Common Running Terms

Author: Taylah Danaë Baggs  Date Posted: 6 January 2020

Ever wondered what that fiddly term means that your running partner always uses? Embarrassed at your lack of encyclopaedic knowledge on common running terms? Ponder no more! Our helpful guide will have you on your feet in no time.

GENERAL

  • Bonk - when your muscle glycogen stores are depleted, you become overwhelmingly fatigued, and you can't run any more
  • Fuel - food or calories consumed during a run to keep your energy going
  • MUT - mountain/ultra/trail runner
  • Pace - how fast you're running (usually minutes per kilometer/mile)
  • The Wall - the point during a race or run where your energy levels fall and you have negative thoughts; usually happens about 2/3 through any race
  • XC - Cross Country

SHOES

  • Drop (heel-toe differential/offset/lift) - difference between the heel and forefoot height in a shoe
  • Insole - the thin piece of foam and fabric which sits inside your shoe, provides a small amount of cushioning and sometimes thermal protection. Insoles are often removable and can be replaced with custom orthotics if necessary.
  • Lateral - outer edge of a shoe
  • Last - determines the overall shape of the shoe. Last is sometimes used to just mean 'width', but it also affects the height of the toebox, width in the toes, midfoot and heel, etc.
  • Maximal - highly cushioned, thickly heeled models that absorb impact stress
  • Medial - inner / arch side of a shoe
  • Midsole - cushioning between the upper and outsole; usually made from foams like EVA or PU, gels, air, and/or embedded plastic
  • Minimal - lower, lighter models that promote a natural form while running
  • Motion control - shoe helping to limit overpronation
  • Neutral - a shoe which does not attempt to correct for over- or under-pronation. Suits people who aren't worried about their pronation, and people with custom orthotics.
  • Orthotics - inserts worn inside running shoes to help treat or prevent injuries. Orthotics for common conditions can be bought off the shelf, or podiatrists can make you a custom set.
  • Outsole - the very bottom of running shoes that contacts the ground; usually made from hard carbon rubber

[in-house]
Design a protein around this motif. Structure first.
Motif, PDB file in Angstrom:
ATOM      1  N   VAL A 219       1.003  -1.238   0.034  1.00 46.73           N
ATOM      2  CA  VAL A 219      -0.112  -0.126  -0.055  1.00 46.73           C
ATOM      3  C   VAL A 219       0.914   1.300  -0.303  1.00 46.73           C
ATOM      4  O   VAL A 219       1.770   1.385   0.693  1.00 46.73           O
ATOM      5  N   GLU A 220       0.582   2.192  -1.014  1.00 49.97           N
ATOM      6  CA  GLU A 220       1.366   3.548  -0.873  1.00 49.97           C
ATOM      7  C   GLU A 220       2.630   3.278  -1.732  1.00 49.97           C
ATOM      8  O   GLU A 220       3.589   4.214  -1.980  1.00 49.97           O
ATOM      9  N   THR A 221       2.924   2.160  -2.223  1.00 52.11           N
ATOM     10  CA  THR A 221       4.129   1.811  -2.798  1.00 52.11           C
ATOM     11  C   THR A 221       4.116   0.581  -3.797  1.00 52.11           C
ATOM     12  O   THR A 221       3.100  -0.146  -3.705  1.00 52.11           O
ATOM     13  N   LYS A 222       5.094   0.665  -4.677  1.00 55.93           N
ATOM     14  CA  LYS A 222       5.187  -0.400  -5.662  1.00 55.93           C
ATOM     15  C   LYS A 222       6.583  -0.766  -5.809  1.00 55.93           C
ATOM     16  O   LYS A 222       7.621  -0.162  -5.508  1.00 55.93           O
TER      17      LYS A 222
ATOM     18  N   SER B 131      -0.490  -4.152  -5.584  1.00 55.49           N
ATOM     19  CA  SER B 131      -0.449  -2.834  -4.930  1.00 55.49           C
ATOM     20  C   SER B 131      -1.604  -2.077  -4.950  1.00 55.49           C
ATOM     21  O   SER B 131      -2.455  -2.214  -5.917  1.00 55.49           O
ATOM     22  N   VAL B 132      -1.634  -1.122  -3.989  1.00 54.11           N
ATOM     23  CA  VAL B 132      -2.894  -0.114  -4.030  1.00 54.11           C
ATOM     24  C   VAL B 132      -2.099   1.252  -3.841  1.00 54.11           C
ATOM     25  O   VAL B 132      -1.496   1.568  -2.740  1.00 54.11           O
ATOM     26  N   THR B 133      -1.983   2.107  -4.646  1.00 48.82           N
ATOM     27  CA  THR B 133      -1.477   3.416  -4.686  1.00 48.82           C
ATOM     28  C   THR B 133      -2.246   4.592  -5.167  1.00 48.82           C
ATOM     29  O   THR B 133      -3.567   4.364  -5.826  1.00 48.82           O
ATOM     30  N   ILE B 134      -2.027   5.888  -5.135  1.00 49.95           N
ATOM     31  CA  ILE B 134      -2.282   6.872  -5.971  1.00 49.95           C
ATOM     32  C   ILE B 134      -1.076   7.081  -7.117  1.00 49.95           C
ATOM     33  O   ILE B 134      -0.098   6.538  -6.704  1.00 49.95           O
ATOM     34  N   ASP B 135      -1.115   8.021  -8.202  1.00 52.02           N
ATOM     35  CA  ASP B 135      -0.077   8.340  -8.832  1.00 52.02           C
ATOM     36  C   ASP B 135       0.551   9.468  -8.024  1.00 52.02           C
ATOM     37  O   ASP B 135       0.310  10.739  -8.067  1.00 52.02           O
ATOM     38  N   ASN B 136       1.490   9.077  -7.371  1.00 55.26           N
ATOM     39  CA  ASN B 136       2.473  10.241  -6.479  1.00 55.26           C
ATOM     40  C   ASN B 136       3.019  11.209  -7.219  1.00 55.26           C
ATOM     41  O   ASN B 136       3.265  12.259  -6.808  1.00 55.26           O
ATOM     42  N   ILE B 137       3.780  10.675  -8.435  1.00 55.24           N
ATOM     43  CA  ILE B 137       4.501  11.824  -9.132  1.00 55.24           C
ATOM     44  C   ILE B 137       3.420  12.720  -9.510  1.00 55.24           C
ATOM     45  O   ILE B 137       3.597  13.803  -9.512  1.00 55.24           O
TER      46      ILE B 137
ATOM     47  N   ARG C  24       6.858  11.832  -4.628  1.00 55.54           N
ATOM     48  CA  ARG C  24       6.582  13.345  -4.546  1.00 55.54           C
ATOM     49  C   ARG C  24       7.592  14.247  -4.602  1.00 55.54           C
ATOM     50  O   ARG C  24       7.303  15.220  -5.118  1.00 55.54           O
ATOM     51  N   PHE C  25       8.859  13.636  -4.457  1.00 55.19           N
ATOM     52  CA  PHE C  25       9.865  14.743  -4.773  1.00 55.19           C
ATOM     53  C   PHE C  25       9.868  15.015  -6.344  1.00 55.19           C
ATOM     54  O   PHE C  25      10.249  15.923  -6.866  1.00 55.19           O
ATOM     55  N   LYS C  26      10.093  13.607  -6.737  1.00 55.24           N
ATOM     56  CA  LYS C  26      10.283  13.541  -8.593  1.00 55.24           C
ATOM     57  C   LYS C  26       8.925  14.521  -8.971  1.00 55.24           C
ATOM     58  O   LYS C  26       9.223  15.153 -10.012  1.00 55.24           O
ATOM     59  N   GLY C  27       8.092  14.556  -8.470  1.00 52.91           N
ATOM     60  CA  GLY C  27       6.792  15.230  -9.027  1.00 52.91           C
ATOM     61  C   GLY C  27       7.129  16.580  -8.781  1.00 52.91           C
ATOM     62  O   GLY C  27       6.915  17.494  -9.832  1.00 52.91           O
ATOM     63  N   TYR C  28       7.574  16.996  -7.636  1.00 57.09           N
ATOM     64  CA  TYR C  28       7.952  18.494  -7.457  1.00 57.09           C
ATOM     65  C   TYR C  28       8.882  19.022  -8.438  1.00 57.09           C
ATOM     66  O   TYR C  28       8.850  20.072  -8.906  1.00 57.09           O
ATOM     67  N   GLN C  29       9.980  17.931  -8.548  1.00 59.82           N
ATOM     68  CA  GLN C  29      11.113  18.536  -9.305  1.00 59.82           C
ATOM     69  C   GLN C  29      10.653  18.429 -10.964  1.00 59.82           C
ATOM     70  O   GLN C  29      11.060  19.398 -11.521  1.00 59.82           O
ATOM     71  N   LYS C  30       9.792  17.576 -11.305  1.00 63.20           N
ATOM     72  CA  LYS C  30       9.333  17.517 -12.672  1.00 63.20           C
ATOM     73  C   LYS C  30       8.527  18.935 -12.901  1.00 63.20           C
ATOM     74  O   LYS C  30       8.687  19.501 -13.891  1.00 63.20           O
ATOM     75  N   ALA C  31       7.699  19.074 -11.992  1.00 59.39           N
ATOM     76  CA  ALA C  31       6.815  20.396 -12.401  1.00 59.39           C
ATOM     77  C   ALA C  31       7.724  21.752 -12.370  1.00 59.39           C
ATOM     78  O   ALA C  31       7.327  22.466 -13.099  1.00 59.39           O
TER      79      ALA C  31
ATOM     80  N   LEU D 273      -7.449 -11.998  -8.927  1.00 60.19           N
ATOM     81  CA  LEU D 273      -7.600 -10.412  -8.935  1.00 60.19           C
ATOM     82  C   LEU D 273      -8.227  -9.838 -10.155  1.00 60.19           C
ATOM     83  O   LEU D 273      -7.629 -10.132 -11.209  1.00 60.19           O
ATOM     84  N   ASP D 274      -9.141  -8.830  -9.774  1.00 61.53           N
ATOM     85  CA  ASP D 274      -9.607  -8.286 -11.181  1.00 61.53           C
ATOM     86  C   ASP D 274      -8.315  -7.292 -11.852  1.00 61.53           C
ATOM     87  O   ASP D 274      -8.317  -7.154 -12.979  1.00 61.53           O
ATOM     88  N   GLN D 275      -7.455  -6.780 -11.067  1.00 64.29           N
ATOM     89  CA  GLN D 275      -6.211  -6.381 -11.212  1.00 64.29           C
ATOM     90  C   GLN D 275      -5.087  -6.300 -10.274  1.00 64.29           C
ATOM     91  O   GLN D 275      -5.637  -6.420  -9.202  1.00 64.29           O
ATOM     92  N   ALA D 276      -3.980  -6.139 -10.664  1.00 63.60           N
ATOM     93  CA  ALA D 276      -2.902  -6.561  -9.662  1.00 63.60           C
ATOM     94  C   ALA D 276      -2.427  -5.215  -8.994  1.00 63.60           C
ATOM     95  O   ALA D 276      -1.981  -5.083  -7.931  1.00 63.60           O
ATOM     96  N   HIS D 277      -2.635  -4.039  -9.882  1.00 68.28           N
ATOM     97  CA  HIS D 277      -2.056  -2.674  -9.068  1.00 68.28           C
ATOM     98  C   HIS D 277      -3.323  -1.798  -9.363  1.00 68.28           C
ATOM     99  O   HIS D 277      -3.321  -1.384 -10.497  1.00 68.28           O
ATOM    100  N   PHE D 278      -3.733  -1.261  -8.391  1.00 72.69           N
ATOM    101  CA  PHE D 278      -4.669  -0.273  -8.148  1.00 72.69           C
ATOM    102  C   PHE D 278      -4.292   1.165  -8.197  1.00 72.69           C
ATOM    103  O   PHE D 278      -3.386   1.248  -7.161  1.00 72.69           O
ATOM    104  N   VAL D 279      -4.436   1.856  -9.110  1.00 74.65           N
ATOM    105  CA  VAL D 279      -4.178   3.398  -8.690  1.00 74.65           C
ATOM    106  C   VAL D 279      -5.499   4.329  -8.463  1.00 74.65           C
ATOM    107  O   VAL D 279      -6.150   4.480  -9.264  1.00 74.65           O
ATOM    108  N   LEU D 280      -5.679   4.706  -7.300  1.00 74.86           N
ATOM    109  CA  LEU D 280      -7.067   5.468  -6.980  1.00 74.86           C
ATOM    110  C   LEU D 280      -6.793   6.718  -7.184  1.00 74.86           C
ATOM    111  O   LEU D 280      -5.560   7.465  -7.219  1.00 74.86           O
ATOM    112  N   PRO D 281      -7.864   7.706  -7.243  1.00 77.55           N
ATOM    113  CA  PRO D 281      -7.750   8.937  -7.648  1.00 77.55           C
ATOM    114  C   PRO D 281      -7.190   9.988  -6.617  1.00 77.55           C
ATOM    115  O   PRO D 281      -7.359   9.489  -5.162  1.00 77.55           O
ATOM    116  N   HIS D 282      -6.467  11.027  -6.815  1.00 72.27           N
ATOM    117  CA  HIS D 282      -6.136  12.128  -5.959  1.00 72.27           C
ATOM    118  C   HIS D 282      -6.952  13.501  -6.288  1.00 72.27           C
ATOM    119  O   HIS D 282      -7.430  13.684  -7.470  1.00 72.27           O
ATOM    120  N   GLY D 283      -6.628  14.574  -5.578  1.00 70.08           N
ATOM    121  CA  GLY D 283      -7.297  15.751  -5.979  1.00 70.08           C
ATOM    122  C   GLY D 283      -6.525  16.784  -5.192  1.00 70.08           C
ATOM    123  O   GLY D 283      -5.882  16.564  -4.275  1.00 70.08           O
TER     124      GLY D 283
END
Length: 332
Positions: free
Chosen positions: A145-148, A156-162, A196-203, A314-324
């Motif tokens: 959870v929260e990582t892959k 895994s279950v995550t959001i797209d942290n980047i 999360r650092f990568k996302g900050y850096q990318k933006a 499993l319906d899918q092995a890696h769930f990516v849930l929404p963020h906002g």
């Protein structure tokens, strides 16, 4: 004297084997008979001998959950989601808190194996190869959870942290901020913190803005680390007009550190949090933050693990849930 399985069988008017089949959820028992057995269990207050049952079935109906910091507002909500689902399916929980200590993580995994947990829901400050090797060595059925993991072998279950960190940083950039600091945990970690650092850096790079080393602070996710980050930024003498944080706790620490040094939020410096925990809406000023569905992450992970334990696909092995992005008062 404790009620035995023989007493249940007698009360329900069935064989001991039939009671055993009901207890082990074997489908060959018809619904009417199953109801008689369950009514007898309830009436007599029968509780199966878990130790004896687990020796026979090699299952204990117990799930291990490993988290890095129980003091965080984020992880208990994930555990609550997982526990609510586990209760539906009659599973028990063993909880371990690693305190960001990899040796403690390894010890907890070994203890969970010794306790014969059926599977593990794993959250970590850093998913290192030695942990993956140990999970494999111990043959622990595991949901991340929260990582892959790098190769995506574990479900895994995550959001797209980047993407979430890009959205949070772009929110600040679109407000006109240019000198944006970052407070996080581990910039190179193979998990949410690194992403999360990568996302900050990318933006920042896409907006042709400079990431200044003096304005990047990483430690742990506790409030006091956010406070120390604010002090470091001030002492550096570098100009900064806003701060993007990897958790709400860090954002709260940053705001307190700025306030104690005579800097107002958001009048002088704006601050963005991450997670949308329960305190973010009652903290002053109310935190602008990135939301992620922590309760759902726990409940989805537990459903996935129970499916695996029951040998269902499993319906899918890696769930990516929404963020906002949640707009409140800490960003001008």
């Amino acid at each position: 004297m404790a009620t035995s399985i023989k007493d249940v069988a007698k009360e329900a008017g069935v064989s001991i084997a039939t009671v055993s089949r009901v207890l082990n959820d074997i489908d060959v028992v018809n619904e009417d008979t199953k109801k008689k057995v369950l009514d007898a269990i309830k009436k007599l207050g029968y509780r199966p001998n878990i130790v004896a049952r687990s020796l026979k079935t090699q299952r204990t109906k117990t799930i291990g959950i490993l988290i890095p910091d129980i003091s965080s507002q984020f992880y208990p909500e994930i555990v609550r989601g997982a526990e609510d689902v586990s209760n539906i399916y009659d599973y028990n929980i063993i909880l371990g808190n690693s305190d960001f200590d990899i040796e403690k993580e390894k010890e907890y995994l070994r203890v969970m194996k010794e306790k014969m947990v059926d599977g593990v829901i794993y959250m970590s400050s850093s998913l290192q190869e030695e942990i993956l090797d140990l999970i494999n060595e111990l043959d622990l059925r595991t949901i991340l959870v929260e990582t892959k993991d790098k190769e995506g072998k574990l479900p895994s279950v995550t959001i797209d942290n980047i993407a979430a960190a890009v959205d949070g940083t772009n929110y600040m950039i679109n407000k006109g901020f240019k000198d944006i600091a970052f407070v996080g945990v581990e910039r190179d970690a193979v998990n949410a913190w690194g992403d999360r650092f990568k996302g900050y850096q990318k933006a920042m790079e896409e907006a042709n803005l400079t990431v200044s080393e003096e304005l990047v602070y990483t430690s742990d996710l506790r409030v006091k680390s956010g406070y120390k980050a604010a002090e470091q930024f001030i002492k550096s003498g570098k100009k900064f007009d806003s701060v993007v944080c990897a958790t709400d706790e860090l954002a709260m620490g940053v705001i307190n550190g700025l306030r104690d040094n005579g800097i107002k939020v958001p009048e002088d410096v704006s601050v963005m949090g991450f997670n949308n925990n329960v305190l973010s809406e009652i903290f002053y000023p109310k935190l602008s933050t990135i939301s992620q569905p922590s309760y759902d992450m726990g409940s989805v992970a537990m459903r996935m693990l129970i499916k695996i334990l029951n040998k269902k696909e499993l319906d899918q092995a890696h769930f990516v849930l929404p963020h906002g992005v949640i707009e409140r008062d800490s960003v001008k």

• Post / medial post - firmer density midsole material added to the medial side to reduce overpronation
  • Ride - how the shoe feels during the foot strike. A responsive ride means you can feel the ground and adjust your stride easily on difficult terrain. A smooth ride guides your foot from landing to toe off smoothly, and is often quite cushioned.
  • Stability - a shoe that resists excessive foot motion (overpronation)
  • Stack height - the height off the ground at the heel or forefoot
  • Toebox - the part of a shoe's upper that contains the front of your foot, including your toes
  • Upper - material that covers the top part of your foot
  • Zero drop - equal height between the heel and forefoot

TRAINING

  • Altitude training - training at high altitudes to increase your red blood cell count, improving oxygen delivery to muscles. Runners can often perform better for several weeks after altitude training for around a month
  • Carb loading - increasing the percentage of carbs in your diet leading up to an endurance event. This stores glycogen in the muscles and liver so it can be used during a race
  • Climb - hill or stretch of elevation gain
  • Cooldown - light physical activity such as walking after a longer, harder physical activity. This gradually lowers the heart rate and prevents blood from pooling in the legs
  • Elevation gain - amount of meters/feet that the course ascends
  • Fartlek / speed play - Swedish-originating speedwork format in which you can run faster for however long you want
  • Hill repeats - repetitively sprinting uphill then jogging downhill at an easier pace to recover; thought to efficiently increase fitness, strength and speed
  • Intervals / repeats - alternating short, fast bursts of running with slower bits
    • Cutdown intervals - increasing intervals, e.g. 200m-400m-600m-800m
    • Ladder intervals - decreasing intervals, e.g. 800m-600m-400m-200m
  • LSD - Long Slow Distance: any run that's longer than your usual weekly runs, used to build physical and mental endurance
  • Negative splits - running the second half faster than the first half, or if each mile/kilometer is faster than the previous
  • Pick-ups - short-lived accelerations during runs or races
  • Plyometrics - bounding exercises (landings followed by jumps)
  • Recovery - walking or light jogging between faster-paced segments, helping slow your heart rate and regain energy
  • Recovery run - easy, steady run, usually following harder workout days
  • Run/walk - swapping between walking and running to help fend off fatigue and activate different muscle groups
  • Speedwork - a faster-than-normal run
  • Splits - time taken to complete a defined distance
  • Strides - short, controlled 50-150m bursts of running to concentrate on form and efficiency
  • Taper - cutting back training distances before a big race to help muscles rest up